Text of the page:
To say that American conservatives are skeptical of the ability of elites to manage the world’s second-largest economy from the top downward is to belabor the obvious. But even if nine old men sitting in a room are wise enough to weave the Chinese economy through the thickets without a single misstep, the fate of China is not entirely in their own hands. China is utterly dependent on its markets in Europe and America because its own domestic economy is nowhere near the size which can sustain the country. “

6 posted on 12/20/2011 3:24:05 AM PST by nathanbedford ("Attack, repeat, attack!" Bull Halsey)
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To: nathanbedford


Keeping the currency week would be trying to keep the pedal to the metal in terms of exports.

Domestically, people are using their cheap currency.

The planners wanted their citizens to produce a lot for export in exchange for little to no income and therefore basically no wealth accumulation. This gave China a cheap labor advantage and motivated (hungry) workers with few options.

Only a few business owners, the rest are serfs.

As exports collapse anyway due to their “customer” countries having their own problems, the export-driven growth can’t be sustained. Unemployment becomes a problem; weakening their currency is undoubtedly not helping to keep exports high, no matter how hard the pedal is pushed to the metal, exports are tailing off anyway.

If an economy is an import-based economy, a strong currency is preferable, as it lowers costs of commodities.

As their trade surplus shrinks, world commodity market prices are rising anyway due to worldwide demand, might as well start moving towards a strong currency instead of waiting for exports to really collapse, their employment bubble to break and their citizens then having trouble affording the necessities of life, food, fuel, etc.

7 posted on 12/20/2011 3:32:53 AM PST by PieterCasparzen (We have to fix things ourselves.)
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To: nathanbedford

ping for later reading. Thank you.

8 posted on 12/20/2011 4:43:09 AM PST by SueRae (I can see November 2012 from my HOUSE!!!!!!!!)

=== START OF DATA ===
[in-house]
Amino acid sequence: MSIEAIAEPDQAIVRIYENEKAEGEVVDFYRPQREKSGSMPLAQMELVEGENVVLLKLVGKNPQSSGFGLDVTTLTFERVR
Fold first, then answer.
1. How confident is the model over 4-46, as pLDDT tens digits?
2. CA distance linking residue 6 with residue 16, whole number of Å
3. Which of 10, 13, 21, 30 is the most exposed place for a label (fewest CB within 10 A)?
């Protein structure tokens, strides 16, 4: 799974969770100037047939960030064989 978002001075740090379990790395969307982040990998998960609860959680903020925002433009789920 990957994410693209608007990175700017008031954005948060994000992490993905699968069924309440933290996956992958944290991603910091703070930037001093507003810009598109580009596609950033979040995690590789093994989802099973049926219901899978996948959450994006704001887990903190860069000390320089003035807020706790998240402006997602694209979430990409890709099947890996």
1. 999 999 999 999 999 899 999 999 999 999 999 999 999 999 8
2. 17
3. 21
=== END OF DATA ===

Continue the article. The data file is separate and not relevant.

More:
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To: nathanbedford
I know they are worried a lot about inflation, which stirs up social instability and which a strong RMB would combat. They may also be worried about capital flight putting further downward pressure on the RMB. When capital outflows occur in the manner described in the article, RMB are sold and forex bought, putting downward pressure on the former.

I read Chinese and follow some of the Chinese media, and some media outlets are reporting bigger real-estate price declines than listed in this article. There's a backlog of unsold new homes in Shanghai, although in some cities away from the coast prices haven't started falling yet. There are also stories about real-estate offices closing left and right in Beijing and agents who sit around all day playing video games for lack of customers.

Based on data I've seen, the Chinese economy has been shifting away from overreliance on exports for a number of years now, so the effect of a stronger RMB on exports is probably not much on the CCP's mind. It may well be that the idea that the Chinese economy hinges on exports to Walmart is vastly overwrought, which is not to say that a major bubble is not popping now, nor that they aren't being damaged by Europe's travails.

9 posted on 12/20/2011 5:00:02 AM PST by untenured
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To: nathanbedford

It is contrary, from an economic perspective, to try to improve exports while strengthening the currency of your nation. However, the ChiComs have for nearly two decades kept their currency very weak compared to the currencies of the nations they export to. They did this to increase their exports. However, those nations have all resulted in massive bubbles and currencies that are on the verge of collapse. Those nations are rattling their sabres and talking about trade wars and high tariffs on imports. I have to assume that the ChiComs are trying to demonstrate that they are willing to “play fair.”

Aside from that, China has also resulted in a massive bubble and their inflation, though it has been reported to have been mild, turns out (based on asset valuation) to have been pretty strong. So, they want to strengthen the currency hoping that a small deflationary spin will offset an inflationary explosion or a deflationary spiral.

Also, keep in mind that the ChiComs were tremendous enablers to the debt saturation that their ‘investments’ in foreign bonds and other tools on the forex. They say they want to divest in order to strengthen their currency and exports, but that is not their true goal. Their true goal is to unload the worthless paper that is those currencies they acquired.